A simple way to get a high-level program running on a PC/Laptop, or even a mobile device communicating to a low level interface device such as an Arduino.
This is a combination of three things – firstly a low-level protocol used to communicate between the two devices (typically over a serial interface), secondly a program running in the device to interpret these commands, and finally a high level set of functions running on a host device. The protocol and high-level routines are designed to emulate the Arduino “wiring” instructions.
The actual protocol is designed to be both machine and human usable, so the intention is that you can connect up a serial terminal (e.g. minicom or hyperterminal) to the target device to perform some simple tests before writing a program to send the commands. The commands being simple one-byte commands than then take 1 or 2 more bytes of data.
I developed DRC to enable programs written in BASIC to communicate with an Arduino, however any high level language with serial port support is capable of talking to it from any host – Linux (e.g. Raspberry Pi), Win and Mac with appropriate interfacing and serial software.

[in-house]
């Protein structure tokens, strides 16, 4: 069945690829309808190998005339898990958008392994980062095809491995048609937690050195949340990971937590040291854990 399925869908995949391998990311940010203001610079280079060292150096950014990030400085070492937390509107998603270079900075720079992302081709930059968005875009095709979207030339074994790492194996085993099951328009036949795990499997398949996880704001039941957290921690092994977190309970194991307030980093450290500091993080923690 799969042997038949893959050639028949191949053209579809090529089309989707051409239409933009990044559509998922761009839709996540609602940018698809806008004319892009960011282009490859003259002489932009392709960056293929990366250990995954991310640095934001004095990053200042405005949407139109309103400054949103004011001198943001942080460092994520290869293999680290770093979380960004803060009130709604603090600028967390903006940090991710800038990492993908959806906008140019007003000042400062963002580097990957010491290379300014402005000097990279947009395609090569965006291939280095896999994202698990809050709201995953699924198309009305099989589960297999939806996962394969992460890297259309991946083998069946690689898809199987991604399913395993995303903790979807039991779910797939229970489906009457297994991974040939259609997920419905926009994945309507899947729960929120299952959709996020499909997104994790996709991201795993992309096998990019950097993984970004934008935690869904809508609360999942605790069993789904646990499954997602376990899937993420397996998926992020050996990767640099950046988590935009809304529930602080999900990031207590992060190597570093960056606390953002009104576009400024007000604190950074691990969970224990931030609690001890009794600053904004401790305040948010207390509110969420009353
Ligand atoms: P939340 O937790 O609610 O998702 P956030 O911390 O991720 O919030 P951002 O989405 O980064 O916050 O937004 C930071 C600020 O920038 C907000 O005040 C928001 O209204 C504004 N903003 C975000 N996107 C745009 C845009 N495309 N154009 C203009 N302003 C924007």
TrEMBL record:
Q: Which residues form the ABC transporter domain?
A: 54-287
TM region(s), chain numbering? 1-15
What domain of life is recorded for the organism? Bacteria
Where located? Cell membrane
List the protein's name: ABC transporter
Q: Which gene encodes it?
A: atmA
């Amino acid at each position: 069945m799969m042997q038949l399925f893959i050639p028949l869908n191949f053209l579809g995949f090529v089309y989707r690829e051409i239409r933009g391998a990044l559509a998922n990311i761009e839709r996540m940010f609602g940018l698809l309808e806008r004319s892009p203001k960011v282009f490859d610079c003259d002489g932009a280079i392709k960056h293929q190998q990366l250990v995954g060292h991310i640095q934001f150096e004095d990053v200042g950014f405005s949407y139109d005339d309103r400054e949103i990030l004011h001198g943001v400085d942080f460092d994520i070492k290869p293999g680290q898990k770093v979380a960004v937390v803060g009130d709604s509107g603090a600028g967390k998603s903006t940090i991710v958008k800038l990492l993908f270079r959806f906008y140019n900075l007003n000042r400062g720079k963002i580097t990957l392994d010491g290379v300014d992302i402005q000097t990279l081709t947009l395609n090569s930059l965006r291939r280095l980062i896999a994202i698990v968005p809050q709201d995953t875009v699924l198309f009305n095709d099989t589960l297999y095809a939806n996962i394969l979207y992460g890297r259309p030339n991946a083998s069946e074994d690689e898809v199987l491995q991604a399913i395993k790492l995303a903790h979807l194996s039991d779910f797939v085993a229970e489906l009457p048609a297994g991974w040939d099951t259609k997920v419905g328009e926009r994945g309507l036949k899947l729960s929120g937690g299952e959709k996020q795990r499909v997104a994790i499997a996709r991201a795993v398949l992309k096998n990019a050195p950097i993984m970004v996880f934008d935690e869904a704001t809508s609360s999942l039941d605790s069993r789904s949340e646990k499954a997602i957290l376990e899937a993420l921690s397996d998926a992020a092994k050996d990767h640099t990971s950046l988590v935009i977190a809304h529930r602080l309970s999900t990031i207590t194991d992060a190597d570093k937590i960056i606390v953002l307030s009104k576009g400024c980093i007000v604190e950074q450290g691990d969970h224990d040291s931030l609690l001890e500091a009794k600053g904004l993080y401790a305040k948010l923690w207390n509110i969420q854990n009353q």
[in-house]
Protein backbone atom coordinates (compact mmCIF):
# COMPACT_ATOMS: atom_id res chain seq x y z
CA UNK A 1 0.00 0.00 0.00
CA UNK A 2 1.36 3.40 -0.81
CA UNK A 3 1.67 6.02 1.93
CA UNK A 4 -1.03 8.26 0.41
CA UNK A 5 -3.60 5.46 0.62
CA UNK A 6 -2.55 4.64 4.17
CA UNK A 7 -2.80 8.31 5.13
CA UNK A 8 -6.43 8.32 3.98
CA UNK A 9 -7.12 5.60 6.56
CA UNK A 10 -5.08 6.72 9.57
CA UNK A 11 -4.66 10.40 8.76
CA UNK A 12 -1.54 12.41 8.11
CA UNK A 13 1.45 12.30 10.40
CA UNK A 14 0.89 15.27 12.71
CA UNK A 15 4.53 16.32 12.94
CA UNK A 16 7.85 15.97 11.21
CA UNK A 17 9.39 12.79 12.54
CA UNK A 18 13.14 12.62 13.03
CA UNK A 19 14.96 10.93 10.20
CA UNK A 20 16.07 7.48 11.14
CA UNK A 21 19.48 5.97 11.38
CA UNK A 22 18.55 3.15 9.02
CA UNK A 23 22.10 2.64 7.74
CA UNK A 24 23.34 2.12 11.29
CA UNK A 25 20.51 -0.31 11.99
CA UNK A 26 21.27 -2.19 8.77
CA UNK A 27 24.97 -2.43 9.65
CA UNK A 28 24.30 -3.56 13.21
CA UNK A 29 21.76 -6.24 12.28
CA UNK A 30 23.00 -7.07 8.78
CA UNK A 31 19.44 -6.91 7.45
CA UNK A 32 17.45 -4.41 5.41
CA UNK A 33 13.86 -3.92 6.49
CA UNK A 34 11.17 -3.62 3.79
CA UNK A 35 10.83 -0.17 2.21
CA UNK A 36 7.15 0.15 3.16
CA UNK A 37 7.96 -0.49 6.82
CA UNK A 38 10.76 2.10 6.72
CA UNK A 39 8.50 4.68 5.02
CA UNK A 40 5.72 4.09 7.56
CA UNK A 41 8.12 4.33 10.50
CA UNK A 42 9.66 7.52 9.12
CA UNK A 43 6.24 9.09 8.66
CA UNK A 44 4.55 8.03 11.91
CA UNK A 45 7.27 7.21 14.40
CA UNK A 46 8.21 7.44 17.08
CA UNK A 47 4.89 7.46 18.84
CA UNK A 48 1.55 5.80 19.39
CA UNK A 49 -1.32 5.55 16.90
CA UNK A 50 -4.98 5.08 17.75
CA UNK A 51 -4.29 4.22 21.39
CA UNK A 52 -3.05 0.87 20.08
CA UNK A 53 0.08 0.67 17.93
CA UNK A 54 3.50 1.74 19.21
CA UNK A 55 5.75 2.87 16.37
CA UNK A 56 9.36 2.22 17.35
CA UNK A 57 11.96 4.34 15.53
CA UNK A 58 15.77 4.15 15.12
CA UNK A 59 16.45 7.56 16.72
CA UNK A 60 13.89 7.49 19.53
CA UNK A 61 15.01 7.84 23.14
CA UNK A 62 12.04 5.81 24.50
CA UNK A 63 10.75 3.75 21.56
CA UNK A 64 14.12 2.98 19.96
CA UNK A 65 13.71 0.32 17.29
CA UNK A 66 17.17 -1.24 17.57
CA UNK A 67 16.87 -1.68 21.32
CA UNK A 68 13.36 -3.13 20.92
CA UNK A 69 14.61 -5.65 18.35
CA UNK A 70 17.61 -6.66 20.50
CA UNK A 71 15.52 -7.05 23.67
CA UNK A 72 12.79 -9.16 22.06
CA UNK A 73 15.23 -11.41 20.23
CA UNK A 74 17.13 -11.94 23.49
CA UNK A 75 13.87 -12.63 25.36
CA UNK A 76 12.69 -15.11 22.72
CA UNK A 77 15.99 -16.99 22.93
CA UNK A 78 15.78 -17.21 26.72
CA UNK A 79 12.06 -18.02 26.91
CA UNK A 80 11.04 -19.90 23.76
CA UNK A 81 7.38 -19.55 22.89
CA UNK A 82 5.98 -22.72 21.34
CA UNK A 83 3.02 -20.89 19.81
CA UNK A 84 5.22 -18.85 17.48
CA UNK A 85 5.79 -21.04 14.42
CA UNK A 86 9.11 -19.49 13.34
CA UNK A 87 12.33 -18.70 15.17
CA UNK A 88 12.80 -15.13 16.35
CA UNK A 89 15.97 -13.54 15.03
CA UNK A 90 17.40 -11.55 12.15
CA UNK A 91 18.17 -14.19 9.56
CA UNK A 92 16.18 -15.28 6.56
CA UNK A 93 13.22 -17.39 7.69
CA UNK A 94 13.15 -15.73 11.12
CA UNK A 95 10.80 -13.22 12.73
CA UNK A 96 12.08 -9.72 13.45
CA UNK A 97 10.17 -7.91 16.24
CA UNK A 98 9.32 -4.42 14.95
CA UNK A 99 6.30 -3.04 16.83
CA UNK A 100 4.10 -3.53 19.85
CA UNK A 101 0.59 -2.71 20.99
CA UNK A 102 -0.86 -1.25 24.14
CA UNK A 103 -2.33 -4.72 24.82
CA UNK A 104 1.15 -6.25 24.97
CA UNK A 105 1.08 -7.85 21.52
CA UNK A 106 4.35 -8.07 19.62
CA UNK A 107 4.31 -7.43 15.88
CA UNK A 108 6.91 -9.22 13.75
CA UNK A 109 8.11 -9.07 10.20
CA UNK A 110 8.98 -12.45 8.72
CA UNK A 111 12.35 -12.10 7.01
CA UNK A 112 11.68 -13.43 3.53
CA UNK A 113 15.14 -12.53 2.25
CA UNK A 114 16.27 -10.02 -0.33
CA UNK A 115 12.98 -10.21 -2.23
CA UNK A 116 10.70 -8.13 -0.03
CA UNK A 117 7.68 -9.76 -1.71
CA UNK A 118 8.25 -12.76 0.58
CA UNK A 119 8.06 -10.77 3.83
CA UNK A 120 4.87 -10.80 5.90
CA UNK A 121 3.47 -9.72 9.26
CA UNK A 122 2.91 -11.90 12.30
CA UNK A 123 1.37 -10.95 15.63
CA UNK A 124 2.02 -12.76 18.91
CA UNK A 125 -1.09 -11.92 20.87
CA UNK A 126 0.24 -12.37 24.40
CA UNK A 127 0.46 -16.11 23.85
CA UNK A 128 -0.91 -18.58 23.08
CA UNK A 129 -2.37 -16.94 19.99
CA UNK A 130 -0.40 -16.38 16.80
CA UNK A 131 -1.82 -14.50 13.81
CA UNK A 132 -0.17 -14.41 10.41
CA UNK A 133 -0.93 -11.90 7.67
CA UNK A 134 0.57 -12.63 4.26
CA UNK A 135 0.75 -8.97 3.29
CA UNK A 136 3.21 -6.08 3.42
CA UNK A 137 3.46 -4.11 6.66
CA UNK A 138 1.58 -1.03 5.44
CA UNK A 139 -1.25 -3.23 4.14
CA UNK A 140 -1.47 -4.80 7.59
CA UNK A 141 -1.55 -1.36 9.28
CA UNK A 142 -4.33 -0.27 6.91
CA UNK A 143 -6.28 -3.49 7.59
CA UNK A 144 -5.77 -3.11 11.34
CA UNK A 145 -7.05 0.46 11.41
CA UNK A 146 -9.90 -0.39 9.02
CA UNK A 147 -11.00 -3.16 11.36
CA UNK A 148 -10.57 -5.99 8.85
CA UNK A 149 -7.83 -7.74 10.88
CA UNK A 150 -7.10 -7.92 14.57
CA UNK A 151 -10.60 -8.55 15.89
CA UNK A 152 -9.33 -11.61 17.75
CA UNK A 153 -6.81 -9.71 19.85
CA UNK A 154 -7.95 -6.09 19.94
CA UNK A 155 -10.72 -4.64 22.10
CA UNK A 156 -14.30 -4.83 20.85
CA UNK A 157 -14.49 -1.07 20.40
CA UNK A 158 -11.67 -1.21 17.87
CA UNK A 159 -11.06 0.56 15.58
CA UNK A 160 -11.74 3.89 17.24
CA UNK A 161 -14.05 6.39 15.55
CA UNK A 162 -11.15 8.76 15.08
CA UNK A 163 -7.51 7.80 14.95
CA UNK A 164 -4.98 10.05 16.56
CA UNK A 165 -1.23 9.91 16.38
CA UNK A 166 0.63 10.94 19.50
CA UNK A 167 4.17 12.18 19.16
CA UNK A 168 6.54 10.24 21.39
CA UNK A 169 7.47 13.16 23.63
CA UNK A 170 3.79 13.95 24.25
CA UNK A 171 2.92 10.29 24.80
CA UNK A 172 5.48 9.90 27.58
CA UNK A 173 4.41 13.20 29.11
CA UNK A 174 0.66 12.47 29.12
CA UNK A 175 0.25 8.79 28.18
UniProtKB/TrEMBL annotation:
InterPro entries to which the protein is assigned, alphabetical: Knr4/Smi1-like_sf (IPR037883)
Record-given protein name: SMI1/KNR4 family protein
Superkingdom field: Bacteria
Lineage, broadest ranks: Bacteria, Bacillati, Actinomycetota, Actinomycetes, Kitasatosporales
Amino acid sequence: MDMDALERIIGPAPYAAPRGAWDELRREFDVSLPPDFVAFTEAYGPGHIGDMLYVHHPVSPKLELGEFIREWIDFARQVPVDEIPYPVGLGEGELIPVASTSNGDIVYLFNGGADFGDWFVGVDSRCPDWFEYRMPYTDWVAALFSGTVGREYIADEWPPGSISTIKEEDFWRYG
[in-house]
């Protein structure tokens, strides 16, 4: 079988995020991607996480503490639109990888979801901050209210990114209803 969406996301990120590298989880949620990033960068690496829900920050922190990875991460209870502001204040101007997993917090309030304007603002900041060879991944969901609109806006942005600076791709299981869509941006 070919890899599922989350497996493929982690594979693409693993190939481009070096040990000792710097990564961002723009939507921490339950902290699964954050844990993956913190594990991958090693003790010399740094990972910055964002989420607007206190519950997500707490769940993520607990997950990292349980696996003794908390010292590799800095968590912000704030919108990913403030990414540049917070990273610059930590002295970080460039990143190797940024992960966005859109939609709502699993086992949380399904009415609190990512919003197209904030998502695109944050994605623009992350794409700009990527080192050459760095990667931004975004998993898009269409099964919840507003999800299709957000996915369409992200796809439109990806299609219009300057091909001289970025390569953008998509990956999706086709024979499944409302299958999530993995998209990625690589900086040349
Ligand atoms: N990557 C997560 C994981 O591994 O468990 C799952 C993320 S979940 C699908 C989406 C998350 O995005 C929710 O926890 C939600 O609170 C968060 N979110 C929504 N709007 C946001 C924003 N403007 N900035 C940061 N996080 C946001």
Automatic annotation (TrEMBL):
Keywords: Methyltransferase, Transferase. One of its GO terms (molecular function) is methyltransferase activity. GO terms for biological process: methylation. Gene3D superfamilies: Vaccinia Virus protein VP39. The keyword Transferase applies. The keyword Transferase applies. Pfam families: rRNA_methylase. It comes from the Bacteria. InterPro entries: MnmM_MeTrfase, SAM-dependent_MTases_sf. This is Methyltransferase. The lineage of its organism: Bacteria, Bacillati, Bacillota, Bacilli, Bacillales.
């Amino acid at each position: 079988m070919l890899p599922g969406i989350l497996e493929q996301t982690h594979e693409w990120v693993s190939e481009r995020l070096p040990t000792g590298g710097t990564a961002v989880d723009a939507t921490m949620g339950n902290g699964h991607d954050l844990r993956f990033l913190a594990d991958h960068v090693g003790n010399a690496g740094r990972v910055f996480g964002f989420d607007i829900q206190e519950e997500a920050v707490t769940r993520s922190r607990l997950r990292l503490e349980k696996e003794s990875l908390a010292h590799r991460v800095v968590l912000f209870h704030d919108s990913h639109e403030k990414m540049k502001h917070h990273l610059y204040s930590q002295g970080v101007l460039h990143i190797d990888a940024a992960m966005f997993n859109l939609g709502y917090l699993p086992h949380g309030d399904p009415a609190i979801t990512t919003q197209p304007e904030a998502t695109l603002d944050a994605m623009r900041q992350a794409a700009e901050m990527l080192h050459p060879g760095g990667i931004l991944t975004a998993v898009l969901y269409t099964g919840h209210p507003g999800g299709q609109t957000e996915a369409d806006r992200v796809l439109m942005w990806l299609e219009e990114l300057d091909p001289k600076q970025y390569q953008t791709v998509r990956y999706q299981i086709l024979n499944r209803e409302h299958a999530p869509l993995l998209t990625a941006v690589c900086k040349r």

Current commands implemented are:
- PinMode: This sets the mode of an IO pin on the target device to either Input, Output or PWM output.
- DigitalWrite: Sets a pin to a high or low logic level.
- PwmWrite: Sets a pin to the given PWM value (0 through 255)
- DigitalRead: Returns the state of a input pin – the return value is TRUE or FALSE representing a logic high or low on the pin.
- AnalogRead: Returns the analog input value on the pin. This will typically be from 0 to 1023, but may be different depending on the target device.
HEX files as well as full source code is available for both the Arduino and a Linux host. See the downloads link for more details.